34. Adenophora palustris – marsh ladybell[5] – Jilin, Korea, Honshu
  35. Adenophora pereskiifolia – Manchurian ladybell[5] – Mongolia, Japan, Korea, Heilongjiang, Jilin, Amur, Kuril Islands, Primorye, Khabarovsk, Chita, Buryatiya
  36. Adenophora petiolata – Anhui, Chongqing, Fujian, Gansu, Guangdong, Guangxi, Guizhou, Hebei, Henan, Hubei, Hunan, Jiangsu, Jiangxi, Shaanxi, Shanxi, Sichuan, Zhejiang
  37. Adenophora pinifolia – Liaoning
  38. Adenophora polyantha – many-flower ladybell[5] – Korea, Anhui, Gansu, Hebei, Henan, Jiangsu, Liaoning, Inner Mongolia, Ningxia, Shaanxi, Shandong, Shanxi
  39. Adenophora potaninii – Gansu, Hebei, Henan, Liaoning, Inner Mongolia, Ningxia, Qinghai, Shaanxi, Shanxi, Sichuan
  40. Adenophora probatovae – Primorye
  41. Adenophora racemosa – racemose ladybell[5] – Korea
  42. Adenophora remotidens – Incheon ladybell[5] – Korea
  43. Adenophora remotiflora – scattered ladybell[5] – Primorye, Japan, Korea, Manchuria
  44. Adenophora rupestris – Irkutsk
  45. Adenophora rupincola – Hubei, Hunan, Jiangxi, Sichuan
  46. Adenophora sajanensis – Krasnoyarsk
  47. Adenophora sinensis – Anhui, Fujian, Guangdong, Hunan, Jiangxi
  48. Adenophora stenanthina – Mongolia, Gansu, Hebei, Jilin, Inner Mongolia, Ningxia, Qinghai, Shaanxi, Shanxi, Altai, Amur, Irkutsk, Chita, Buryatiya, Tuva
  49. Adenophora stenophylla – Mongolia, Inner Mongolia, Manchuria
  50. Adenophora stricta – upright ladybell[5] – Korea, Japan, Anhui, Chongqing, Fujian, Gansu, Guangxi, Guizhou, Henan, Hubei, Hunan, Jiangsu, Jiangxi, Shaanxi, Sichuan, Yunnan, Zhejiang
  51. Adenophora sublata – Primorye, Khabarovsk
  52. Adenophora takedae – Honshu
  53. Adenophora taquetii – Jejudo ladybell[5] – Korea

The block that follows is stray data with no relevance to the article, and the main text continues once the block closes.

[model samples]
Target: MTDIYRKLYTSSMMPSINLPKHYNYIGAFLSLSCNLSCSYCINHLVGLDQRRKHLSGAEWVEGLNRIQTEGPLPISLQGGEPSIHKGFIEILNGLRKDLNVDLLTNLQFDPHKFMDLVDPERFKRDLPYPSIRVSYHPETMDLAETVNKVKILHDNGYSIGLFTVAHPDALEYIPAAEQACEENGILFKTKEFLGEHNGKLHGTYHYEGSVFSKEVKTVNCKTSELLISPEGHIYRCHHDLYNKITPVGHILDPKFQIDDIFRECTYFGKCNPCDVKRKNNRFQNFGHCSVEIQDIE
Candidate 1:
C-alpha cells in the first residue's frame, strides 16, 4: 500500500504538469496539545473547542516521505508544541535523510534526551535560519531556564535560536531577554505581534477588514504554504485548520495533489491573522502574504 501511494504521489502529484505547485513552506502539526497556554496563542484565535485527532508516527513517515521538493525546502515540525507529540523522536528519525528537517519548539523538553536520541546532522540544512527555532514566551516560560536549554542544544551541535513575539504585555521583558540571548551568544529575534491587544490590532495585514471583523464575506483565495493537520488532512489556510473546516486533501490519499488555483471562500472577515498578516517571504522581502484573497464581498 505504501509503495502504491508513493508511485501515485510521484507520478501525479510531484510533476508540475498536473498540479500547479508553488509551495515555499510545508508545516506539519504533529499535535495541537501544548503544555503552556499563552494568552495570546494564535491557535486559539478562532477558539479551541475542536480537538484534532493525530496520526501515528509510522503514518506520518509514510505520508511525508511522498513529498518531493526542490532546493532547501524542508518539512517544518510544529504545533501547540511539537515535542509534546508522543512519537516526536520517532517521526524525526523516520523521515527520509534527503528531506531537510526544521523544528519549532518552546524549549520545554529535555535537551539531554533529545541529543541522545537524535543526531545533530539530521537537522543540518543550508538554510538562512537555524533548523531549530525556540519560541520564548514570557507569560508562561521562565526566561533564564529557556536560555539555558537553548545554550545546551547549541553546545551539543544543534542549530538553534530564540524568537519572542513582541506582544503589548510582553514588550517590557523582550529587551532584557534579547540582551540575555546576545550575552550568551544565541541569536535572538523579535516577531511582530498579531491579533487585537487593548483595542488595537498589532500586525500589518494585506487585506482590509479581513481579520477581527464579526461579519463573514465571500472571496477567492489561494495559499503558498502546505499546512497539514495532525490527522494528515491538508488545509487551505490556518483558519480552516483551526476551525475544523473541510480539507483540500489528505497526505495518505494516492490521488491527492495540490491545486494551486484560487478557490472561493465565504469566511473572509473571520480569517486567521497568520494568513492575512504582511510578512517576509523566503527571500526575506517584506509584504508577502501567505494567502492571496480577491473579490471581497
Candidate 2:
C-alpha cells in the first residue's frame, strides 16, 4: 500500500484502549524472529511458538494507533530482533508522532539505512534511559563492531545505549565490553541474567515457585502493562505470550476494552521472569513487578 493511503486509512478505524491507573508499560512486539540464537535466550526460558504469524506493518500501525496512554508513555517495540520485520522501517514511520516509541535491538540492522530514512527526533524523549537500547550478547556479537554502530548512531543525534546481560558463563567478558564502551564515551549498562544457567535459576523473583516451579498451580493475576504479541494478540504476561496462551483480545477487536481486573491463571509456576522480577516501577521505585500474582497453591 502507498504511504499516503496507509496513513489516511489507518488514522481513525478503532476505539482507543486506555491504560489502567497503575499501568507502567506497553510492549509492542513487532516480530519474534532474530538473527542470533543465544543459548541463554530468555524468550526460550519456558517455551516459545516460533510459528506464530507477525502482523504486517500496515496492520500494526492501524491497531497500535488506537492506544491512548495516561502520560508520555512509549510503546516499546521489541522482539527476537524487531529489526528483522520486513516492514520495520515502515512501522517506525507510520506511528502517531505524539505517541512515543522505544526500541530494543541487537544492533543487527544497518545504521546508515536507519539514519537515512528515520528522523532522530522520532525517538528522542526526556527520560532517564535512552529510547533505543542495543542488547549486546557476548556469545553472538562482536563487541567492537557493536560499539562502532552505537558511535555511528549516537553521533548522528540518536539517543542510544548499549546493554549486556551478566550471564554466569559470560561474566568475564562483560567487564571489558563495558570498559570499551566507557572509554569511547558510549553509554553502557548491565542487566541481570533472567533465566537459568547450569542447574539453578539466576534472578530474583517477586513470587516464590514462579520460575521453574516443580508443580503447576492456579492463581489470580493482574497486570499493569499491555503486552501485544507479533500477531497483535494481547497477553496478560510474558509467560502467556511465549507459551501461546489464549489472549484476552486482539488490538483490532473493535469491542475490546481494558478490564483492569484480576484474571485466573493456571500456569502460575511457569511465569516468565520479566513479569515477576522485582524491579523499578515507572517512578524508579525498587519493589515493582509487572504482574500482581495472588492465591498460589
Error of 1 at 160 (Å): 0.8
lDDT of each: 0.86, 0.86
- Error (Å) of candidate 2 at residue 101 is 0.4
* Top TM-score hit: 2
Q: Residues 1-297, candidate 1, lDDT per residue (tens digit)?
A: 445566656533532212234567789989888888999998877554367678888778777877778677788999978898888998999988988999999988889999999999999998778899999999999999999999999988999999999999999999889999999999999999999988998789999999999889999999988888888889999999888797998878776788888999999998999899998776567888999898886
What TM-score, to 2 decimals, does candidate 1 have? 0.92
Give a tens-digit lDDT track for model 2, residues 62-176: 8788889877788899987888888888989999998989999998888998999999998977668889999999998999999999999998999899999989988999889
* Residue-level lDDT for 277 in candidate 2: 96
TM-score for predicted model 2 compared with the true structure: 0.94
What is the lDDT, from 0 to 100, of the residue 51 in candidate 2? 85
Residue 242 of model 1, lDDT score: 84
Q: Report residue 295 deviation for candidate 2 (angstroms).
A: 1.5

54. Adenophora tashiroi – Fukue Island, Jeju-do Island
  55. Adenophora taurica – Crimea
  56. Adenophora trachelioides – Anhui, Hebei, Jiangsu, Liaoning, Inner Mongolia, Shandong, Zhejiang
  57. Adenophora tricuspidata – Heilongjiang, Inner Mongolia, much of Asiatic Russia
  58. Adenophora triphylla – giant bellflower – Korea, Japan, Ryukyu Islands, Taiwan, Laos, Vietnam, Russian Far East, Siberia
  59. Adenophora uryuensis – Hokkaido
  60. Adenophora wilsonii – Chongqing, Gansu, Guizhou, Hubei, Shaanxi, Sichuan
  61. Adenophora wulingshanica – Beijing
  62. Adenophora xifengensis – Gansu


Many Adenophora species have been used in traditional Chinese medicine.[8]


  1. ^ a b c Kew World Checklist of Selected Plant Families
  2. ^ a b Perry, L. Perennial Plant Feature: Ladybells. Department of Plant and Soil Science, University of Vermont Extension
  3. ^ a b c d e 沙参属 sha shen shu Adenophora. Flora of China.
  4. ^ GRIN Species Records of Adenophora. Germplasm Resources Information Network (GRIN).
  5. ^ a b c d e f g h i j k l m n o p English Names for Korean Native Plants (PDF). Pocheon: Korea National Arboretum. 2015. p. 364. ISBN 978-89-97450-98-5. Archived from the original (PDF) on 25 May 2017. Retrieved 16 December 2016 – via Korea Forest Service. 
  6. ^ Lee, S., et al. (1997). A new species of Adenophora (Campanulaceae) from Korea. Journal of Plant Research 110(1) 77-80.
  7. ^ Song, G. and H. De-yuan. (1999). A new species of Chinese Adenophora (Campanulaceae). Novon 9(1) 46.
  8. ^ YouLi, H. (2010). Resource and utilization of medicinal plant of the genus Adenophora in Qinling Mountains. Medicinal Plant 1(12) 3-6.